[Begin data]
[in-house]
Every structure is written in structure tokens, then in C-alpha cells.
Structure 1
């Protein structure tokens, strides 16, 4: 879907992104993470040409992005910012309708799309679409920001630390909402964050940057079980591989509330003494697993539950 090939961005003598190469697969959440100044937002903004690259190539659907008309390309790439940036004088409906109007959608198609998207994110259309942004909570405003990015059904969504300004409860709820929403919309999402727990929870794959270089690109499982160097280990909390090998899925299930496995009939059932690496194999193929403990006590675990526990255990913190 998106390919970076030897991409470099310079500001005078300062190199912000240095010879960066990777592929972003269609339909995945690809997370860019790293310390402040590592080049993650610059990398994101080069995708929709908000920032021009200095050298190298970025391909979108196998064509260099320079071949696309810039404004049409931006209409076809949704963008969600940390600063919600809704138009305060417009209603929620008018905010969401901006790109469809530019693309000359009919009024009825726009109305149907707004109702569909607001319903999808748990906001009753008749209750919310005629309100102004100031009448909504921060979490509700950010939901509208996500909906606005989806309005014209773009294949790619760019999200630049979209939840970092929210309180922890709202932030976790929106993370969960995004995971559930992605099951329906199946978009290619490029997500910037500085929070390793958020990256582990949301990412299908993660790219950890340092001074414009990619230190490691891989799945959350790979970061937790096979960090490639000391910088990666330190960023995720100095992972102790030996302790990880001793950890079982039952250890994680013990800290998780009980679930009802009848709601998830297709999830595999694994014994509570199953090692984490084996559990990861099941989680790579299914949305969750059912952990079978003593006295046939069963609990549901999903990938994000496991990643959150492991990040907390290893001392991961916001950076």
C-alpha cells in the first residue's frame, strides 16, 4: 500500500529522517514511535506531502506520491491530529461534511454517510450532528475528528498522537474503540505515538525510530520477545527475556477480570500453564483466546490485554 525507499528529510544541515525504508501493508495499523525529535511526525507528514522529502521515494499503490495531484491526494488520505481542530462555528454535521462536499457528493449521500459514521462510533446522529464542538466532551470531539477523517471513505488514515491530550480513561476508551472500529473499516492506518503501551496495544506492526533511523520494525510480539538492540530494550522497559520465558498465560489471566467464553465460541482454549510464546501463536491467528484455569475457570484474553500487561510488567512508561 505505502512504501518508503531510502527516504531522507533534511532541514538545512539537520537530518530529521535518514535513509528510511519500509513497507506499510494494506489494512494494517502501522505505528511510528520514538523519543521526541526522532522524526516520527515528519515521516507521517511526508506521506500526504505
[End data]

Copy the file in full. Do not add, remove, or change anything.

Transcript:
[in-house]
Every structure is written in structure tokens, then in C-alpha cells.
Structure 1
């Protein structure tokens, strides 16, 4: 879907992104993470040409992005910012309708799309679409920001630390909402964050940057079980591989509330003494697993539950 090939961005003598190469697969959440100044937002903004690259190539659907008309390309790439940036004088409906109007959608198609998207994110259309942004909570405003990015059904969504300004409860709820929403919309999402727990929870794959270089690109499982160097280990909390090998899925299930496995009939059932690496194999193929403990006590675990526990255990913190 998106390919970076030897991409470099310079500001005078300062190199912000240095010879960066990777592929972003269609339909995945690809997370860019790293310390402040590592080049993650610059990398994101080069995708929709908000920032021009200095050298190298970025391909979108196998064509260099320079071949696309810039404004049409931006209409076809949704963008969600940390600063919600809704138009305060417009209603929620008018905010969401901006790109469809530019693309000359009919009024009825726009109305149907707004109702569909607001319903999808748990906001009753008749209750919310005629309100102004100031009448909504921060979490509700950010939901509208996500909906606005989806309005014209773009294949790619760019999200630049979209939840970092929210309180922890709202932030976790929106993370969960995004995971559930992605099951329906199946978009290619490029997500910037500085929070390793958020990256582990949301990412299908993660790219950890340092001074414009990619230190490691891989799945959350790979970061937790096979960090490639000391910088990666330190960023995720100095992972102790030996302790990880001793950890079982039952250890994680013990800290998780009980679930009802009848709601998830297709999830595999694994014994509570199953090692984490084996559990990861099941989680790579299914949305969750059912952990079978003593006295046939069963609990549901999903990938994000496991990643959150492991990040907390290893001392991961916001950076």
C-alpha cells in the first residue's frame, strides 16, 4: 500500500529522517514511535506531502506520491491530529461534511454517510450532528475528528498522537474503540505515538525510530520477545527475556477480570500453564483466546490485554 525507499528529510544541515525504508501493508495499523525529535511526525507528514522529502521515494499503490495531484491526494488520505481542530462555528454535521462536499457528493449521500459514521462510533446522529464542538466532551470531539477523517471513505488514515491530550480513561476508551472500529473499516492506518503501551496495544506492526533511523520494525510480539538492540530494550522497559520465558498465560489471566467464553465460541482454549510464546501463536491467528484455569475457570484474553500487561510488567512508561 505505502512504501518508503531510502527516504531522507533534511532541514538545512539537520537530518530529521535518514535513509528510511519500509513497507506499510494494506489494512494494517502501522505505528511510528520514538523519543521526541526522532522524526516520527515528519515521516507521517511526508506521506500526504505